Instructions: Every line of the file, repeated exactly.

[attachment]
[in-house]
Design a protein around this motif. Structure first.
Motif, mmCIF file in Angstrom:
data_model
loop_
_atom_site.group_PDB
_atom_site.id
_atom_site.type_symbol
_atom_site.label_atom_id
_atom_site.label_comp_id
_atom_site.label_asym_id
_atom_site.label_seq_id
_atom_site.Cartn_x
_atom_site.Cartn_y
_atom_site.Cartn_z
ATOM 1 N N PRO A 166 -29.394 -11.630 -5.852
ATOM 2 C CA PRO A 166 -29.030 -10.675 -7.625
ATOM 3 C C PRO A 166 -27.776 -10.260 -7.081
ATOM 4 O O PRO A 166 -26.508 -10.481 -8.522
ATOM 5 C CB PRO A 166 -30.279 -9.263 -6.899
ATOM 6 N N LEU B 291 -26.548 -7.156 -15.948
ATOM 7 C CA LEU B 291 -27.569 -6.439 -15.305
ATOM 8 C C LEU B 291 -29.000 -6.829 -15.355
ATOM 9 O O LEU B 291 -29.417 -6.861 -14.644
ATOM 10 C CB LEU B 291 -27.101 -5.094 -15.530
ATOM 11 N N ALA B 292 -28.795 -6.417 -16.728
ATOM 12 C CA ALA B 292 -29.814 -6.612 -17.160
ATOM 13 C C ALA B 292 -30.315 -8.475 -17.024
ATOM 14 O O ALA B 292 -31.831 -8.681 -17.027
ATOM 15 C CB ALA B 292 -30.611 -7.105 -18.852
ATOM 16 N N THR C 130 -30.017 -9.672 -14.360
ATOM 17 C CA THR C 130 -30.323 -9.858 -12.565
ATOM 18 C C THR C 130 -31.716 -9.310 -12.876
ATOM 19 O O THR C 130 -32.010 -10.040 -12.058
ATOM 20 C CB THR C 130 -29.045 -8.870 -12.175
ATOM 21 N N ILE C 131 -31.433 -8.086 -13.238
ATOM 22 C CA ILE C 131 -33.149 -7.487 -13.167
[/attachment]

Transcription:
[in-house]
Design a protein around this motif. Structure first.
Motif, mmCIF file in Angstrom:
data_model
loop_
_atom_site.group_PDB
_atom_site.id
_atom_site.type_symbol
_atom_site.label_atom_id
_atom_site.label_comp_id
_atom_site.label_asym_id
_atom_site.label_seq_id
_atom_site.Cartn_x
_atom_site.Cartn_y
_atom_site.Cartn_z
ATOM 1 N N PRO A 166 -29.394 -11.630 -5.852
ATOM 2 C CA PRO A 166 -29.030 -10.675 -7.625
ATOM 3 C C PRO A 166 -27.776 -10.260 -7.081
ATOM 4 O O PRO A 166 -26.508 -10.481 -8.522
ATOM 5 C CB PRO A 166 -30.279 -9.263 -6.899
ATOM 6 N N LEU B 291 -26.548 -7.156 -15.948
ATOM 7 C CA LEU B 291 -27.569 -6.439 -15.305
ATOM 8 C C LEU B 291 -29.000 -6.829 -15.355
ATOM 9 O O LEU B 291 -29.417 -6.861 -14.644
ATOM 10 C CB LEU B 291 -27.101 -5.094 -15.530
ATOM 11 N N ALA B 292 -28.795 -6.417 -16.728
ATOM 12 C CA ALA B 292 -29.814 -6.612 -17.160
ATOM 13 C C ALA B 292 -30.315 -8.475 -17.024
ATOM 14 O O ALA B 292 -31.831 -8.681 -17.027
ATOM 15 C CB ALA B 292 -30.611 -7.105 -18.852
ATOM 16 N N THR C 130 -30.017 -9.672 -14.360
ATOM 17 C CA THR C 130 -30.323 -9.858 -12.565
ATOM 18 C C THR C 130 -31.716 -9.310 -12.876
ATOM 19 O O THR C 130 -32.010 -10.040 -12.058
ATOM 20 C CB THR C 130 -29.045 -8.870 -12.175
ATOM 21 N N ILE C 131 -31.433 -8.086 -13.238
ATOM 22 C CA ILE C 131 -33.149 -7.487 -13.167